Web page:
Publication on How to use Electronic Information to Establish and Modify Child Support Orders
DEAR COLLEAGUE LETTER
ATTACHMENT: Using Automated Income Data to Establish and Modify Child Support Orders (1.10MB, Microsoft Word)
DATE: October 05, 2007
TO: STATE AND TRIBAL IV-D DIRECTORS
RE: New publication which details how to increase the automated use of electronic information to establish and modify child support orders
I am pleased to provide you with a copy of a new report entitled Using Automated Income Data to Establish and Modify Child Support Orders.
The Child Support Enforcement program establishes child support orders for Title IV-D cases based upon explicit State guidelines. The Deficit Reduction Act stipulates periodic review and modification of orders for TANF cases. Orders are set based upon available income and other factors. However, in many cases potential obligors or obligees either do not appear for court hearings or provide only partial or questionable documentation of earnings upon which to base child support orders.
The same holds true for cases, especially TANF cases, scheduled to be modified. In other situations, agencies may wish to verify income information provided that may be dated or suspect.
It is important to base orders on current and valid incomes especially in cases where the noncustodial parent cannot be located, does not appear at the hearing, or does not provide full evidence of current earnings. Alternatively, it is important in these cases that order levels not be based too low to deprive needy children of support. It is critical that orders be reviewed and modified in a timely and accurate fashion.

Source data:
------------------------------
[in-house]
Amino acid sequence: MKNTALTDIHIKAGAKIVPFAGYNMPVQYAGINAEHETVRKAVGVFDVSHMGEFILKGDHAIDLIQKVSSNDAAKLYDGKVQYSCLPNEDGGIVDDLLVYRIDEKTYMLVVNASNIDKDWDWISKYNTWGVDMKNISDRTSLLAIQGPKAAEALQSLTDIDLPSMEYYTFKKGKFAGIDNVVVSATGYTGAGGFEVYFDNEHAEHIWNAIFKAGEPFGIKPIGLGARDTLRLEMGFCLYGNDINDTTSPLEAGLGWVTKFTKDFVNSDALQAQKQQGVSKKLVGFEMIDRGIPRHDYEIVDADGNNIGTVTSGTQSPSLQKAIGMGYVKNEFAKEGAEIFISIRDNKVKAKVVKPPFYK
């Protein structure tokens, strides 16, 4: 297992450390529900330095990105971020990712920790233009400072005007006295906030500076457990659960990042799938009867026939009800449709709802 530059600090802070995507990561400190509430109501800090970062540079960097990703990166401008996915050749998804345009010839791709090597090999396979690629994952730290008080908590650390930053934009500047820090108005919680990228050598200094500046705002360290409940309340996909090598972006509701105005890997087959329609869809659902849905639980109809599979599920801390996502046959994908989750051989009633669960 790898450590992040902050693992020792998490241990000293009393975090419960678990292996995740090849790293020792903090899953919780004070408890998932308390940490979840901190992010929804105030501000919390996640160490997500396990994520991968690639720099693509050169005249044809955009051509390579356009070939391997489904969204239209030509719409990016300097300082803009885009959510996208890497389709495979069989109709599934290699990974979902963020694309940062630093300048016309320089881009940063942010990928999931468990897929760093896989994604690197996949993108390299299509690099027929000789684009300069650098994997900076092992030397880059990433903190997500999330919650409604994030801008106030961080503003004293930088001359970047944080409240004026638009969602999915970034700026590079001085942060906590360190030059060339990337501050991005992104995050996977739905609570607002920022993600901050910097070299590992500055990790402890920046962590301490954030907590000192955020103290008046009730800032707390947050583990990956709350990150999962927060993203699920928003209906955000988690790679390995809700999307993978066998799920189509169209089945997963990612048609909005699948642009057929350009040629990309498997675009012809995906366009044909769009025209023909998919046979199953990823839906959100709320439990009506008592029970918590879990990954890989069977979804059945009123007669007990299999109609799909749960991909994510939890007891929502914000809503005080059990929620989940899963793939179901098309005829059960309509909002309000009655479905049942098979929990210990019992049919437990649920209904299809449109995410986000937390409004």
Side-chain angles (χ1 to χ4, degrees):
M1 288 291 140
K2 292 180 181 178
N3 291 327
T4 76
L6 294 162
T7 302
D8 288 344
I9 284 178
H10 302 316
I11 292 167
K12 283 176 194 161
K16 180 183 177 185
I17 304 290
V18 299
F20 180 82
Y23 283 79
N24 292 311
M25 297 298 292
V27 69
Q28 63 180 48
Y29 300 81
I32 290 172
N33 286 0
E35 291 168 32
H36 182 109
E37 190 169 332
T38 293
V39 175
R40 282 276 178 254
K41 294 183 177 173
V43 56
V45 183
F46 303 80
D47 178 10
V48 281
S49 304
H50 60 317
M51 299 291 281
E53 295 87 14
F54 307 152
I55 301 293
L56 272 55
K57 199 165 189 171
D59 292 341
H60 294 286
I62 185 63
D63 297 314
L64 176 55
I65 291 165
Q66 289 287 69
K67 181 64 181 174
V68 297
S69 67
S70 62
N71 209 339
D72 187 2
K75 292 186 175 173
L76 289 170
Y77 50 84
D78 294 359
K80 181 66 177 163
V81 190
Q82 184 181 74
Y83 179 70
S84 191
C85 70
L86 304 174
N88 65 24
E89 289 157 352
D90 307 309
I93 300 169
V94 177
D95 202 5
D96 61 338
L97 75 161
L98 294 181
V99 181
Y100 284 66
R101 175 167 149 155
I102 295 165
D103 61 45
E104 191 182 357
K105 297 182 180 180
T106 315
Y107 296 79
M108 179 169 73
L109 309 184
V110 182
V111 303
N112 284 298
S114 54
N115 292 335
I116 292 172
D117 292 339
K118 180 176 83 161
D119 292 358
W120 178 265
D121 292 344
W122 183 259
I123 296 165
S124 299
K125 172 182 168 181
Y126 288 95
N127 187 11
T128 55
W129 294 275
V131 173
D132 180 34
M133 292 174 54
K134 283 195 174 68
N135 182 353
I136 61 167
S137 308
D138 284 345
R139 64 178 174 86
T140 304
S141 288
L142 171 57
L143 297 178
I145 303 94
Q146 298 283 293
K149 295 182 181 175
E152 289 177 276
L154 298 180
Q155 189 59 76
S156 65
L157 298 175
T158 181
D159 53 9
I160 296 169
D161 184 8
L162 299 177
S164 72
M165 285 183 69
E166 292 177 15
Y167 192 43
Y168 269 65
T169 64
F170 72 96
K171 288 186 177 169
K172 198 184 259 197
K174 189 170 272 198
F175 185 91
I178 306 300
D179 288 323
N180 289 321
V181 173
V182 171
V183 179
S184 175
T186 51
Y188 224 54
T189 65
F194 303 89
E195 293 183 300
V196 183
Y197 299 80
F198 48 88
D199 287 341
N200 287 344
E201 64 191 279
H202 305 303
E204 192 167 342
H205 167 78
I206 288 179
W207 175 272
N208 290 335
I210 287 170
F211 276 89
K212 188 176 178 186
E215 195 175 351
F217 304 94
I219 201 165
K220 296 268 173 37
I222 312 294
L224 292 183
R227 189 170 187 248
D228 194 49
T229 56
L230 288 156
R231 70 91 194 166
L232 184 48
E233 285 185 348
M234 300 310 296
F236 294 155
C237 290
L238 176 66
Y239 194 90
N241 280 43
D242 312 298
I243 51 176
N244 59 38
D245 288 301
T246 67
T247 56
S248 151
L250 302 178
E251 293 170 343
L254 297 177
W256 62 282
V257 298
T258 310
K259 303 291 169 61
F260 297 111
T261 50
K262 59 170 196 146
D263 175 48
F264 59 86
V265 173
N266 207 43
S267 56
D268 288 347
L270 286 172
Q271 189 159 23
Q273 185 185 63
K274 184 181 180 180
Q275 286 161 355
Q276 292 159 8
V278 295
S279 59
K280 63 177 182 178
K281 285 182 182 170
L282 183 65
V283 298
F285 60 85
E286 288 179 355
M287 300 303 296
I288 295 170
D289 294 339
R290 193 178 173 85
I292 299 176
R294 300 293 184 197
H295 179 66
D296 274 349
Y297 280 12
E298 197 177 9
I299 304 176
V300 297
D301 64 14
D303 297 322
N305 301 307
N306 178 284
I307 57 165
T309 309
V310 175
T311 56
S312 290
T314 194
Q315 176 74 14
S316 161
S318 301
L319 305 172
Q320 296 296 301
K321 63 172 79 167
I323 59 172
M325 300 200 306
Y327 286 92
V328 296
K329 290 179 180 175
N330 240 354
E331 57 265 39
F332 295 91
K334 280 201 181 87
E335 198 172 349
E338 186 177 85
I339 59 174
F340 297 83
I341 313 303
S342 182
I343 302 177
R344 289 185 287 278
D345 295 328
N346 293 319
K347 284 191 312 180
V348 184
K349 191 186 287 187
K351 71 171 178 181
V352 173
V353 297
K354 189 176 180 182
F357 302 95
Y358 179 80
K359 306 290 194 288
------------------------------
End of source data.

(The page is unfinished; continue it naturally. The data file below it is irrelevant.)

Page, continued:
This report reviews findings of a demonstration to use existing automation to establish and modify child support orders for several jurisdictions in Arizona, Colorado, Maine, Tennessee and West Virginia. Automated data used in this demonstration comes from the State and National Directory of New Hires and State Workforce Agency.
Automated data was used to find income in almost 30 percent of the cases (other cases did not need automated data), most of which (73 percent) was found in the new hire reports. Seventy-two percent of parents where information was provided via automation made payments within the first six months. Verification time was shortened from 55 days to 36 days. On the other hand, the average length of time to establish an order and comparable average order amounts did not appreciably change from cases where automation was not used.
The report lays out recommended steps States and local child support offices should consider in developing a plan to make better use of automated information services in their establishment and modification processes.
It is my hope that this report will encourage and enable you to automate or partially automate the establishment and modification of orders in your state. For additional copies of this report, please contact the OCSE National Reference Center at OCSENationalReferenceCenter@acf.hhs.gov.
Office of Child Support Enforcement
cc: OCSE Regional Program Managers